Donate |

Safe insect repellent tips for babies and children

Consumer Reports News: June 04, 2010 05:01 PM

Some insect repellents may react with your child’s skin and cause a rash. Repellents can also cause irritation to the eyes and can be potentially fatal if swallowed. If you use insect repellent on your child, here are some guidelines:

Don’t use repellents on infants less than 2 months old. Instead, use mosquito netting over your infant carrier or stroller. If you are planning to be outside hiking or picnicking, or in an area with biting or stinging insects, protect your child by keeping her covered with long pants and sleeves and by using mosquito netting designed specifically for a stroller or infant carrier. Be sure the netting isn’t too long—your child could get tangled in it. (Related: Safe sunscreen tips for infants and children.)

Look for age restrictions on insect repellents. Oil of lemon eucalyptus, a plant-based repellant, for example, has been found to provide similar protection to low concentrations of deet, but should not be used on children under the age of three. If the repellant has an age restriction, it must be stated on the product. If you don’t see one, the EPA has not mandated one. (See our insect repellent Ratings report.)

How much deet? You can use repellent with 10 percent or more deet on skin or clothing, but you should not use a product with a concentration of more than 30 percent for your infant or child. Reapply only as often as recommended on the label.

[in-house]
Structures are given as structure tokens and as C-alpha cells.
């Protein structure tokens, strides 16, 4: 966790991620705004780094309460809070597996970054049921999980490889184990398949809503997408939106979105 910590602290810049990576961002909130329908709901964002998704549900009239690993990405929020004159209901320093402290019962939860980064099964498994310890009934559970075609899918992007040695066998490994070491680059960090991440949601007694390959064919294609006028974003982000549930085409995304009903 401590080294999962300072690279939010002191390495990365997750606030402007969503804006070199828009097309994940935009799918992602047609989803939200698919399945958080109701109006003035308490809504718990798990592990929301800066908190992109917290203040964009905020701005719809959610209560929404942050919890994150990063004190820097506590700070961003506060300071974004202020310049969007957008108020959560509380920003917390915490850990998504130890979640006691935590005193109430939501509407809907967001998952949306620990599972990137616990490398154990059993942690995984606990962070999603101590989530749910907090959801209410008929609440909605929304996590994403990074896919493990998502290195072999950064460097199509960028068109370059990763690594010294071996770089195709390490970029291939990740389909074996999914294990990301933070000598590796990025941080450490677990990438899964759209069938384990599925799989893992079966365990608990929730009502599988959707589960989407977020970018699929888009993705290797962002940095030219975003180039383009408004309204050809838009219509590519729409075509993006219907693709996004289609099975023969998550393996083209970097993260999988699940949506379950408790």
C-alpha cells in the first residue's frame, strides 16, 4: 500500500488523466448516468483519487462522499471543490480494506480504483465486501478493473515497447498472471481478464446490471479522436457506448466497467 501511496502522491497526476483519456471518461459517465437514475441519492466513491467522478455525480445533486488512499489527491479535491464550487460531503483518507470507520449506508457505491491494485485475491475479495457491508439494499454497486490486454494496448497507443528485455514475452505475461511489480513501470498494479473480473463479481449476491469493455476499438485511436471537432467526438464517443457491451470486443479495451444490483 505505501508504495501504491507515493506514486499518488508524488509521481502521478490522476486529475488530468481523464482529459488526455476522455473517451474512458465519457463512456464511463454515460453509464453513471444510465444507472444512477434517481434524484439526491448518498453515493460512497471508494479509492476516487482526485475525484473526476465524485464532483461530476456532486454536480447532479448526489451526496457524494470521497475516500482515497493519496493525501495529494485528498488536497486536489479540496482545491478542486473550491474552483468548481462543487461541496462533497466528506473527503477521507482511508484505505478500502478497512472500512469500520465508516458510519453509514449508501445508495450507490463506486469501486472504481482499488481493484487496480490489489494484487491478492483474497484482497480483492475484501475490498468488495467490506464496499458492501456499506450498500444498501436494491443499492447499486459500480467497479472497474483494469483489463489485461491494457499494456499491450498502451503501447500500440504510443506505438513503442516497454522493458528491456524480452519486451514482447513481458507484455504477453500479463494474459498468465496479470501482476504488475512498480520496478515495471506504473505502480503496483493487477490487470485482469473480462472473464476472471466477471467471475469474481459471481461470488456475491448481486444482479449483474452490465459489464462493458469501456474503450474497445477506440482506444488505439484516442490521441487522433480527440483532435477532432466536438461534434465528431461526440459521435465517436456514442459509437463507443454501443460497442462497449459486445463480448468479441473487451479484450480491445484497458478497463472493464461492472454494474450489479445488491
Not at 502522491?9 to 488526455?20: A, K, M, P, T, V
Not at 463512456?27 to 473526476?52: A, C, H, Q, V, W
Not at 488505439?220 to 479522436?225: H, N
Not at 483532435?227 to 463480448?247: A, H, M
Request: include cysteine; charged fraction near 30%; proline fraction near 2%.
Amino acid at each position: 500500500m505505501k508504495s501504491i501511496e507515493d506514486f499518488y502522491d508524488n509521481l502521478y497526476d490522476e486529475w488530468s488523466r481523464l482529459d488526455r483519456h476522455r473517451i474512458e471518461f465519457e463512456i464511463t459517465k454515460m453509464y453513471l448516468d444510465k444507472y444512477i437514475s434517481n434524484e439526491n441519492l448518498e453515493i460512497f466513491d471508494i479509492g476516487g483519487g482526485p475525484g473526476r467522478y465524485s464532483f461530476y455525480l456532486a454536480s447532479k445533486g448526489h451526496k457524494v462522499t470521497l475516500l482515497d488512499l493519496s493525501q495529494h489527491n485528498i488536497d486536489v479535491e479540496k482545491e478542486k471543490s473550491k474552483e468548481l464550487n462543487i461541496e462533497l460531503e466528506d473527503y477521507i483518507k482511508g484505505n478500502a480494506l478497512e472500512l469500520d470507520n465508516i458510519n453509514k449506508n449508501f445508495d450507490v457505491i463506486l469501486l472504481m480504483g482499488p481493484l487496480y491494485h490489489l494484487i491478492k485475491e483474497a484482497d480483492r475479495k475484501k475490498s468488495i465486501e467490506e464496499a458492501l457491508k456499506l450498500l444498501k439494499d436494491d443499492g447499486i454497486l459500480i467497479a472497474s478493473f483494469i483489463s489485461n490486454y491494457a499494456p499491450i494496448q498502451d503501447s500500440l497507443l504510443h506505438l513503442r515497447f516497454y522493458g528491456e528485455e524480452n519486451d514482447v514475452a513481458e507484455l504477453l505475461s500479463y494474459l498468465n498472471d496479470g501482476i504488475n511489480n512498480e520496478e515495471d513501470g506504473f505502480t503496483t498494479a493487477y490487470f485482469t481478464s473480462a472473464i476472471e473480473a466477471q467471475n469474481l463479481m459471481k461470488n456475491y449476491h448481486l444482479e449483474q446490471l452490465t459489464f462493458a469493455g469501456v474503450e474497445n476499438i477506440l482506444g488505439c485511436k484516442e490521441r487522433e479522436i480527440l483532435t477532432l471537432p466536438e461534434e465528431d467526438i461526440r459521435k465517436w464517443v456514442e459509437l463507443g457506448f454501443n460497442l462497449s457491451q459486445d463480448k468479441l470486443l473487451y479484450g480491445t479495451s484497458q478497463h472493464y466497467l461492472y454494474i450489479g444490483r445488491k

Apply repellent carefully. Avoid your child’s eyes and mouth. Also avoid putting repellent in her hands because she can transfer it to her eyes or mouth.

Don’t apply too much. Your child doesn’t need to be saturated with it for it to work.

Where not to use insect repellent. Do not use deet under clothing, over cuts or wounds, or on irritated skin. The U.S. Environmental Protection Agency (EPA) has found deet to be safe when used according to the directions on the label. But be sure to wash your child with soap and water when she returns home.

Wash clothing after using repellent. If you have sprayed your child with repellent or sprayed in on his clothing, wash the clothes before letting him wear them again.

Keep insect repellents out of the reach of your children. When you have finished using a repellent, store it out of your child’s reach in a locked cabinet. (Learn more about keeping children safe from cleaning products.)

   

E-mail Newsletters

FREE e-mail Newsletters! Choose from cars, safety, health, and more!
Already signed-up?
Manage your newsletters here too.

Babies & Kids News

Connect

and safety with
subscribers and fans

Follow us on:

Cars

Cars New Car Price Report
Find out what the dealers don't want you to know! Get dealer pricing information on a new car with the New Car Price Report.

Order Your Report

Mobile

Mobile Get Ratings on the go and compare
while you shop

Learn more